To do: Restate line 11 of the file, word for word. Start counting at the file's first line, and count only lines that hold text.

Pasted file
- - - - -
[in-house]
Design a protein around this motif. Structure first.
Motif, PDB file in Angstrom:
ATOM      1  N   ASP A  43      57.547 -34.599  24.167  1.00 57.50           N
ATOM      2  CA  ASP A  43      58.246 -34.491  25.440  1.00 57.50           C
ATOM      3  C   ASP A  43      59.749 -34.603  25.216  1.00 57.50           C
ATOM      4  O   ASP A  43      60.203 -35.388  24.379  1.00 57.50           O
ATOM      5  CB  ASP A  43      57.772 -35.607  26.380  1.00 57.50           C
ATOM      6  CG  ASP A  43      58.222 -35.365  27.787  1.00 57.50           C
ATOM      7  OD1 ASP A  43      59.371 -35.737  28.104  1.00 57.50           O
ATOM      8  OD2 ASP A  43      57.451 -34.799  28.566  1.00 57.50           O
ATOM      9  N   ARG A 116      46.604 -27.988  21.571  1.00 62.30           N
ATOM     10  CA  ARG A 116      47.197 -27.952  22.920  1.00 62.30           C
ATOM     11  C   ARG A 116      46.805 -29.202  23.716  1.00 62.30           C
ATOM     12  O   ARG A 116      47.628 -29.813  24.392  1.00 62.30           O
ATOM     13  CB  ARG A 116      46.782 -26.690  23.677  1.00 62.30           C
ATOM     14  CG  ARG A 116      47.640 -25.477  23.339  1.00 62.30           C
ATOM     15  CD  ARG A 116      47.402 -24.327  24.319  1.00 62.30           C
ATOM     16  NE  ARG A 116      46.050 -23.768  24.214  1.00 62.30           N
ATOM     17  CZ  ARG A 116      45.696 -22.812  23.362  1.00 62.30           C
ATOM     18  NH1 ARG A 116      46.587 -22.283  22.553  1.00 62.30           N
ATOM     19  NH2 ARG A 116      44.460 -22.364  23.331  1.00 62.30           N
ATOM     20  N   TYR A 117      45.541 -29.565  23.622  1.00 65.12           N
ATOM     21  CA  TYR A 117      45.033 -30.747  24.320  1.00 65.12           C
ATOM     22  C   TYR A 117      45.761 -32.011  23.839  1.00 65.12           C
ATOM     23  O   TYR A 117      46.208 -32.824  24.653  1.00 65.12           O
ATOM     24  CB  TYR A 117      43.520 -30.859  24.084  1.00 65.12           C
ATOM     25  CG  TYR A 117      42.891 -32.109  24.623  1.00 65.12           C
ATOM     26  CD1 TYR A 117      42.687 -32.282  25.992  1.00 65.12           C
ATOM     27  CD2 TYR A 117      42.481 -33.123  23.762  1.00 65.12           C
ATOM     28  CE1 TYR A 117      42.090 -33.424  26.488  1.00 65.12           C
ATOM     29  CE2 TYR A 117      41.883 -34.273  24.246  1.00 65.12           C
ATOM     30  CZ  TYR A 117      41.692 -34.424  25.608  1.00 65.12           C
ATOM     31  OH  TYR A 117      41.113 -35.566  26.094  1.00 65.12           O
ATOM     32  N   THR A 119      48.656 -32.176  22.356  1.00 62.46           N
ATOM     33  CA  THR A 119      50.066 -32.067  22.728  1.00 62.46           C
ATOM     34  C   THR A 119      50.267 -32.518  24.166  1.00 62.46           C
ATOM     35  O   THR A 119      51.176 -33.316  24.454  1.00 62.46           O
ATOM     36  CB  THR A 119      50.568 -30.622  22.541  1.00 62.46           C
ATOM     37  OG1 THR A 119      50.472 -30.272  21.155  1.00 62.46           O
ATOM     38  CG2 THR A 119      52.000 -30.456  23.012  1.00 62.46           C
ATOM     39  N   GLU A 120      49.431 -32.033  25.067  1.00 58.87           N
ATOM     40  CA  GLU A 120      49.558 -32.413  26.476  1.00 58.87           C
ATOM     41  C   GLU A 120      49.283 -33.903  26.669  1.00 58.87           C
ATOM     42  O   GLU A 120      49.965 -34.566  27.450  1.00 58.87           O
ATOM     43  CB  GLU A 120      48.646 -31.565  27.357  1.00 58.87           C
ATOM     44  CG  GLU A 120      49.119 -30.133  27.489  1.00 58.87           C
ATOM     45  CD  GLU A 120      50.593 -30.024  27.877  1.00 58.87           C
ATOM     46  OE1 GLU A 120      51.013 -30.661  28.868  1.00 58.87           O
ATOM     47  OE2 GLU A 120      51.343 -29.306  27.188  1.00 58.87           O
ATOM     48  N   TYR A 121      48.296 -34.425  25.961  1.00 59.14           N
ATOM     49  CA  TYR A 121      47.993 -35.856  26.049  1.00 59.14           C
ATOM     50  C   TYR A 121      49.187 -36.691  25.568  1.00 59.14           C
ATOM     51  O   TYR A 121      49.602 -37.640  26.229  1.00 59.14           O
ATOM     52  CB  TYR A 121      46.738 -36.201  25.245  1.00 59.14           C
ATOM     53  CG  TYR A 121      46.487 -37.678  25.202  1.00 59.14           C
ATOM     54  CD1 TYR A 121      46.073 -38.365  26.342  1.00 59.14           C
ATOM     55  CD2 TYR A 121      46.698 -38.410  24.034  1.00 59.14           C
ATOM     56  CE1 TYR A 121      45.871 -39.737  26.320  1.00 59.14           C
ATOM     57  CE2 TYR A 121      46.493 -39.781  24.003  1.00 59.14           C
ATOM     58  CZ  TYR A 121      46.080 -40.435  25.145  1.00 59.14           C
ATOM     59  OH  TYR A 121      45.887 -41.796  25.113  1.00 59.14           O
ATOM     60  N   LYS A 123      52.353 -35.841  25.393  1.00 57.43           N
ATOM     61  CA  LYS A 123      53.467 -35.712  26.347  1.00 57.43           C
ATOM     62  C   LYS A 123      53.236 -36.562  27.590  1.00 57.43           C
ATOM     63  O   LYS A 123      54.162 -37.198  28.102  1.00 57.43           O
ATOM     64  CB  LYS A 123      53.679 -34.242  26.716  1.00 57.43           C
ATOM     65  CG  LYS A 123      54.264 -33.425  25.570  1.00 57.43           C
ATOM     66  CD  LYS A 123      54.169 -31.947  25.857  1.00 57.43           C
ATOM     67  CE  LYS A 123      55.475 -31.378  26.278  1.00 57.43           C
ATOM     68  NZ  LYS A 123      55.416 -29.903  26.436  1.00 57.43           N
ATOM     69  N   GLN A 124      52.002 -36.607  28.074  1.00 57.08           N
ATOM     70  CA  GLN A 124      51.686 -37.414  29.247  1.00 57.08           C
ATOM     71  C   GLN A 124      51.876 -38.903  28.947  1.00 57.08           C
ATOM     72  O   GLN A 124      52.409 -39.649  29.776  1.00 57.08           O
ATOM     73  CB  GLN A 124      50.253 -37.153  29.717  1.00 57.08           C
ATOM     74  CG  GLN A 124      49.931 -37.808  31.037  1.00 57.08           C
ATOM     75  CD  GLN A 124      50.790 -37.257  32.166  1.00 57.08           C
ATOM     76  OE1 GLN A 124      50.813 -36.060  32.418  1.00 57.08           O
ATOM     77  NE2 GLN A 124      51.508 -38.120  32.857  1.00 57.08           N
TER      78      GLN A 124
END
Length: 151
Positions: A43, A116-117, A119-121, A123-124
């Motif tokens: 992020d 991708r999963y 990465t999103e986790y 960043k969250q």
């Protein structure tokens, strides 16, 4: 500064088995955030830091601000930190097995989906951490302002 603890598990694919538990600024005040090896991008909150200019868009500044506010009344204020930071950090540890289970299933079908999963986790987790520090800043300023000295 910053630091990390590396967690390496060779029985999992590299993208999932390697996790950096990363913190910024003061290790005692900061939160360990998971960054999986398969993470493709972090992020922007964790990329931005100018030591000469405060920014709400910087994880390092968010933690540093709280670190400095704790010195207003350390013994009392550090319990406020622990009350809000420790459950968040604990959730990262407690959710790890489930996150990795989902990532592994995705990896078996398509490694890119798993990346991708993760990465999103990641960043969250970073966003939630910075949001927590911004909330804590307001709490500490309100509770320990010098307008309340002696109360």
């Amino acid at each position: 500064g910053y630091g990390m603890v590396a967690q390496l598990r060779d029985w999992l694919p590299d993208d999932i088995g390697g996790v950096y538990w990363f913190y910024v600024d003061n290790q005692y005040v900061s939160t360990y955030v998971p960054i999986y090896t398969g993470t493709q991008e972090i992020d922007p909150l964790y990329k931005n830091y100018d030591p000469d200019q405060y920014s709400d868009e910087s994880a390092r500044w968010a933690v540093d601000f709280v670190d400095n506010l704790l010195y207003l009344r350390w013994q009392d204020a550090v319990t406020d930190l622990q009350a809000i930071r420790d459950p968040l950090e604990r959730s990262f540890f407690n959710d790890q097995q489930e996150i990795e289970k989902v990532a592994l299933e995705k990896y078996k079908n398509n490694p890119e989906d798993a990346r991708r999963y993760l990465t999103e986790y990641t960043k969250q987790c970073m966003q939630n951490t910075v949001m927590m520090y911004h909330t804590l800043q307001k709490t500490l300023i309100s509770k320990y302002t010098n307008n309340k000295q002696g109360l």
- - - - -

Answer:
ATOM      8  OD2 ASP A  43      57.451 -34.799  28.566  1.00 57.50           O